The All Farmers Association of Nigeria (AFAN) has condemned the act of forcibly ripening of fruits and other food items with the use of harmful chemicals like carbide.
Chief Daniel Okafor, Vice National President of AFAN, told the newsmen in Abuja that the act was harmful to human health.
Some farmers and food traders usually use carbide to facilitate the ripening of food items and fruits like bananas, plantain, mangoes and paw-paw, among others.
Okafor, also the National President, Potato Farmers Association of Nigeria (POFAN), said the development could be a contributory factor to the current widespread of various diseases across the country.
He said that the association would consider organising a meeting of its members and other agriculture stakeholders to sensitise them against the act.
“My own view about this matter is that it is not the farmers alone but even the marketers (traders), so whoever is doing that, we really condemn it.
“A lot of diseases that people are suffering from today is as a result of using carbide to make something ripen very quickly, it is very wrong.
“There are many ways you can ripen fruits naturally and everybody will be happy.
“One thing with fruits and vegetables is that most people want it quick and those doing the business also want it quick to meet demands but it is very wrong and most of them do not even know the health implications.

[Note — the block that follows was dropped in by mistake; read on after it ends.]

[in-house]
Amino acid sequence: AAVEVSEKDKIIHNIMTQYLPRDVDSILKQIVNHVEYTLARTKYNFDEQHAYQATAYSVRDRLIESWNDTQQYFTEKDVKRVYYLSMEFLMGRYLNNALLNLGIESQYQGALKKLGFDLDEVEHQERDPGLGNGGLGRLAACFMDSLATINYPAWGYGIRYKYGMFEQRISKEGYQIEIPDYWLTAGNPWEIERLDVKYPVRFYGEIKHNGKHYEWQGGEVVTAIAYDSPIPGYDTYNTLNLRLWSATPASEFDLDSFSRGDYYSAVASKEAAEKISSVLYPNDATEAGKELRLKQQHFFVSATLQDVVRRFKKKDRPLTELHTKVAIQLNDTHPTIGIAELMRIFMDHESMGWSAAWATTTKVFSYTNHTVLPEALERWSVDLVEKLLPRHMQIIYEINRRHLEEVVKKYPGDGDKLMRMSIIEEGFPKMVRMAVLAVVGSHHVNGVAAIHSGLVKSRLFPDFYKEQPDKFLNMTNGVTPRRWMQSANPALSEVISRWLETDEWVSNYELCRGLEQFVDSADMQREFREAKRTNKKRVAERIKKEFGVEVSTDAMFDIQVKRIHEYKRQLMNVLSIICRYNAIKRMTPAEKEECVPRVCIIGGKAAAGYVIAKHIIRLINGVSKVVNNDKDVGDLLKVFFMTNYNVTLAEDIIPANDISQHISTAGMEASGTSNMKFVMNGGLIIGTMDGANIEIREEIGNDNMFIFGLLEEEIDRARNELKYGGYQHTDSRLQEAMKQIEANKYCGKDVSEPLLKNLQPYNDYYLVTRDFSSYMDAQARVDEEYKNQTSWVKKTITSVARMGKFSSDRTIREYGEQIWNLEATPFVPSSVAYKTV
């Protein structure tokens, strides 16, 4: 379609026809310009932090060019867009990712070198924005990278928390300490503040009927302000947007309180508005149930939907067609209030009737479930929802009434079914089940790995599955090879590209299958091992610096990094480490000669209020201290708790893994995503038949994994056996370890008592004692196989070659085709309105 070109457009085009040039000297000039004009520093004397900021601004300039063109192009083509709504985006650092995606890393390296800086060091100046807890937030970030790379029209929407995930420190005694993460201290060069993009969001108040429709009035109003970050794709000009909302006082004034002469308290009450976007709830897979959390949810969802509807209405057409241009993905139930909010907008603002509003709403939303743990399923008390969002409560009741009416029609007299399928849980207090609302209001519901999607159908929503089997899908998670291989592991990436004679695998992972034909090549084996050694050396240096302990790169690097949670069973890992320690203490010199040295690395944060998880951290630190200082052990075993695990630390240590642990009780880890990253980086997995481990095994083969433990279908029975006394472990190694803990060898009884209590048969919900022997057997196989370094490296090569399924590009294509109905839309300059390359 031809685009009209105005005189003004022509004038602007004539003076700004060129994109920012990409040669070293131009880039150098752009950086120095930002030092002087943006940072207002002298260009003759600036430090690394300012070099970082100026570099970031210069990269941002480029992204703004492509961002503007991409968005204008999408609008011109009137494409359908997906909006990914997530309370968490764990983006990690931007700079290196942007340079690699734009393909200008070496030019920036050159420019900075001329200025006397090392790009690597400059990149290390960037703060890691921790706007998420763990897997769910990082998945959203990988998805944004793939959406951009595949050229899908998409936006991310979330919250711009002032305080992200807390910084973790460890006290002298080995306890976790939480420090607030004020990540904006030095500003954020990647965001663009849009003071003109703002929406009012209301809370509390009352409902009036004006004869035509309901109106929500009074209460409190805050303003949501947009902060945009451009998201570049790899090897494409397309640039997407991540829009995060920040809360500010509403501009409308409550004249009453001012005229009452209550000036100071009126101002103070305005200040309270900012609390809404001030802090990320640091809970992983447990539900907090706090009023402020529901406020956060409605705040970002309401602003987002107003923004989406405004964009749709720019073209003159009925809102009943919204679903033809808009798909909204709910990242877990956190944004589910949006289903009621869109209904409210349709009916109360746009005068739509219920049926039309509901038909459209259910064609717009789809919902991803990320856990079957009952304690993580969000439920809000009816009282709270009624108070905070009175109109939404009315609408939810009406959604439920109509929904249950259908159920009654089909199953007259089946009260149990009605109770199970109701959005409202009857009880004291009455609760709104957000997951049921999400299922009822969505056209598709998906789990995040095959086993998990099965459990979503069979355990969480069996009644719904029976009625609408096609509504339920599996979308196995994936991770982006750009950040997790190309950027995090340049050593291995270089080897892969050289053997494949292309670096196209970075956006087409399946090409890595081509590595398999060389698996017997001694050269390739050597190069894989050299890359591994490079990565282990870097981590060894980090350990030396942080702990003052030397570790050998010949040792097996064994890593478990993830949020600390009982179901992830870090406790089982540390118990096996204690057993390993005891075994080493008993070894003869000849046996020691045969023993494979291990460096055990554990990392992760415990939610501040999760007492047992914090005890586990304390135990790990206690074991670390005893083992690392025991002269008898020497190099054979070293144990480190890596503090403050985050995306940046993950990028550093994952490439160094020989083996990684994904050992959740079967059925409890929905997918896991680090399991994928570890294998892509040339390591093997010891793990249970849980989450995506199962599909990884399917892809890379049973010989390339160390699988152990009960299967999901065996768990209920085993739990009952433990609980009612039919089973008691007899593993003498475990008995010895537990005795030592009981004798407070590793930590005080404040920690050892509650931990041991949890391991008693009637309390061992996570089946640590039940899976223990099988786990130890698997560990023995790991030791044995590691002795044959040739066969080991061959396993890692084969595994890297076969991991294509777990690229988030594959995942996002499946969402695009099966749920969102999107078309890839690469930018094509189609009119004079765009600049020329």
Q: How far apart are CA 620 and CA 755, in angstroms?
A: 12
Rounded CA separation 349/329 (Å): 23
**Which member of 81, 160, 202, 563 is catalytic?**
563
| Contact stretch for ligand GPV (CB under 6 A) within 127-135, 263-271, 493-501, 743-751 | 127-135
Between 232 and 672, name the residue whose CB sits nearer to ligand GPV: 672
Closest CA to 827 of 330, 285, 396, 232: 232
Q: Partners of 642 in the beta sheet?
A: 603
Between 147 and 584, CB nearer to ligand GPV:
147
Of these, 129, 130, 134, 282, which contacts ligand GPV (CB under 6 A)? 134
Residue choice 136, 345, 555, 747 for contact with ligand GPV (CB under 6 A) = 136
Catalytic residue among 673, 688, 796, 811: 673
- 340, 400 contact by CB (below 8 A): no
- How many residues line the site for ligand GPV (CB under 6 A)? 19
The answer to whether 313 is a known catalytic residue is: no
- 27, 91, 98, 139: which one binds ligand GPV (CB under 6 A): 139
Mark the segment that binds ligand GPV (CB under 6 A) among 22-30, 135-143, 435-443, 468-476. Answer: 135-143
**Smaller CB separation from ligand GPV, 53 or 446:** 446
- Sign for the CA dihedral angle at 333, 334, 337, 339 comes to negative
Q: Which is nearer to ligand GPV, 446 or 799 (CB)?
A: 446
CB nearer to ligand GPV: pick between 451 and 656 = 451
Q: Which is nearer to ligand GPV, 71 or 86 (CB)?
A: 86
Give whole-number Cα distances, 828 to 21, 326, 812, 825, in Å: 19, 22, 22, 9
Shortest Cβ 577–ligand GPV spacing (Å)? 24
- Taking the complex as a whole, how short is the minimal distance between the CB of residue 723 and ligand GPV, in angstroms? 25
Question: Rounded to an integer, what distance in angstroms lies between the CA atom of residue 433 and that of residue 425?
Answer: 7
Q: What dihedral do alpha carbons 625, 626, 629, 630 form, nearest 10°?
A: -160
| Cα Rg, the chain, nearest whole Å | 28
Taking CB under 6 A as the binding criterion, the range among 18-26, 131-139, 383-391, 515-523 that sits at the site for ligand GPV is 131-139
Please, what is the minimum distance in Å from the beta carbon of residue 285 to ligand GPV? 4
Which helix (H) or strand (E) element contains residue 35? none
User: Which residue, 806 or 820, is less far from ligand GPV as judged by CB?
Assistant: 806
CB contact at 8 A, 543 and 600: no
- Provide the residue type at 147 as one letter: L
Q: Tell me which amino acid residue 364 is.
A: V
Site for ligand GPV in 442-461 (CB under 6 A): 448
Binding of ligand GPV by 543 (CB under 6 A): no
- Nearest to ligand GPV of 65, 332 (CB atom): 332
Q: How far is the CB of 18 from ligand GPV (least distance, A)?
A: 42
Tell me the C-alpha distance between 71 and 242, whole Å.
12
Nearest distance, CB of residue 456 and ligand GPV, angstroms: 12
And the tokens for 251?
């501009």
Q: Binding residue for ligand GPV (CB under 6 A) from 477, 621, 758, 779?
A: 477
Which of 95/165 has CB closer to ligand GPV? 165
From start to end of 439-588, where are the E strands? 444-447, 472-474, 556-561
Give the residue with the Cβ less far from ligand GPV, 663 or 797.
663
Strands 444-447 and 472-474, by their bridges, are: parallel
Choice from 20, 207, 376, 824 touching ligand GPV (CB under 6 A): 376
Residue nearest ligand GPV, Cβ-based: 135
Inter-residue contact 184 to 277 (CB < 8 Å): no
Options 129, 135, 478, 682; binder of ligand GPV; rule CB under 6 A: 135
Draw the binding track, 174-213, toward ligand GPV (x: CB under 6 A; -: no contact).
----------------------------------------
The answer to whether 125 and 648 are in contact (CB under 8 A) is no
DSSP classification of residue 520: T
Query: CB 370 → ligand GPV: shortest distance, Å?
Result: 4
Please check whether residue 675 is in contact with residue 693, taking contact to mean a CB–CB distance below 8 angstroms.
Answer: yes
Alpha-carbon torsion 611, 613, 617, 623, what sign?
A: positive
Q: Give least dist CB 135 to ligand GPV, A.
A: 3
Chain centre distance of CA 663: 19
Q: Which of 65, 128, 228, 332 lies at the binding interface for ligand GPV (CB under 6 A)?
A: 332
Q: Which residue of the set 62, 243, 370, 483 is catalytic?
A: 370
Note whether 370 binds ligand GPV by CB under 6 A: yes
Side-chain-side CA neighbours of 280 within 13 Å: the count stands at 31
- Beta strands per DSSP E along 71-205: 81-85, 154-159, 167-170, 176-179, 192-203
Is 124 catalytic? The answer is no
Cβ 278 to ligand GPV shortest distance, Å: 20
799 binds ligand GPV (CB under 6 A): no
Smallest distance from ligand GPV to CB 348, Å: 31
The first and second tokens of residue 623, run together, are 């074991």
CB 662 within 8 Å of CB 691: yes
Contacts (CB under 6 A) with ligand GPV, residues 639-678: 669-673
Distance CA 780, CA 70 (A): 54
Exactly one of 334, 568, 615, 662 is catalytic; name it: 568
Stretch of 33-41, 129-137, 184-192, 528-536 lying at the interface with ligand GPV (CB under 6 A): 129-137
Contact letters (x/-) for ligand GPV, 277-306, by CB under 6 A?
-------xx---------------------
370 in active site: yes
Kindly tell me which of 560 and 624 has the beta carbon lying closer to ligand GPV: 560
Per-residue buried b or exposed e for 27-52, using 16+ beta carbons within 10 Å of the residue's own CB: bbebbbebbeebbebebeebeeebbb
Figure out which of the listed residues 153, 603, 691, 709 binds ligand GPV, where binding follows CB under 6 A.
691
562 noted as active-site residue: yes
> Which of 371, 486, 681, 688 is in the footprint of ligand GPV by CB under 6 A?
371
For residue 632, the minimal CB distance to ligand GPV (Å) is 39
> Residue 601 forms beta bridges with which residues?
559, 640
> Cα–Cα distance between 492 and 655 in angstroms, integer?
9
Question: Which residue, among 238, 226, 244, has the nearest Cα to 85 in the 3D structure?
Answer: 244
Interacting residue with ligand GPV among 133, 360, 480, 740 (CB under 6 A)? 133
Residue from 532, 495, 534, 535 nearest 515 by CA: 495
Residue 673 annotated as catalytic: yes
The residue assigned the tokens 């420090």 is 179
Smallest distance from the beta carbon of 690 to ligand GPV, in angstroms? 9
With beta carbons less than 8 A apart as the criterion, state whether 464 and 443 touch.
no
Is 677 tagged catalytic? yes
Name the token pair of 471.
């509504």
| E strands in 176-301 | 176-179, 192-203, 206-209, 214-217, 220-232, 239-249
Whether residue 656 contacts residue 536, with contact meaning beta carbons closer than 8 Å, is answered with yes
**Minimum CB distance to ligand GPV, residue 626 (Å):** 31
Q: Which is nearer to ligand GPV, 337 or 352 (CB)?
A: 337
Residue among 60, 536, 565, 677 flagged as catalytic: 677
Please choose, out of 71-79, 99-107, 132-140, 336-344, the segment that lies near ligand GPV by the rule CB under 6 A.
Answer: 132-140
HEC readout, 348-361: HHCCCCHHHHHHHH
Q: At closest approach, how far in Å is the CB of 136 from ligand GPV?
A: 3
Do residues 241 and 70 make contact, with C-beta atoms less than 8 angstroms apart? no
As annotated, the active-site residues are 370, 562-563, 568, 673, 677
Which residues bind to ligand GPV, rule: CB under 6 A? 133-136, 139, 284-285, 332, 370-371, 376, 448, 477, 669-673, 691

“ When you see those fruits and food, they are usually very attractive and people rush to buy them but many people are not aware of this and they eat them.
“With what is happening now, we are going to call a meeting on this issue and advise our farmers and sensitise them through networks and prints in local languages so that they can understand the implications.
“We will make sure that all stakeholders are involved in this like the traditional rulers, churches, emirs to disseminate the information,’’ he said.
The vice national president appealed to the media, NAFDAC, Standards Organisation of Nigeria (SON), food safety organisations and the Consumer Protection Council (CPC) to urgently look into addressing the issue.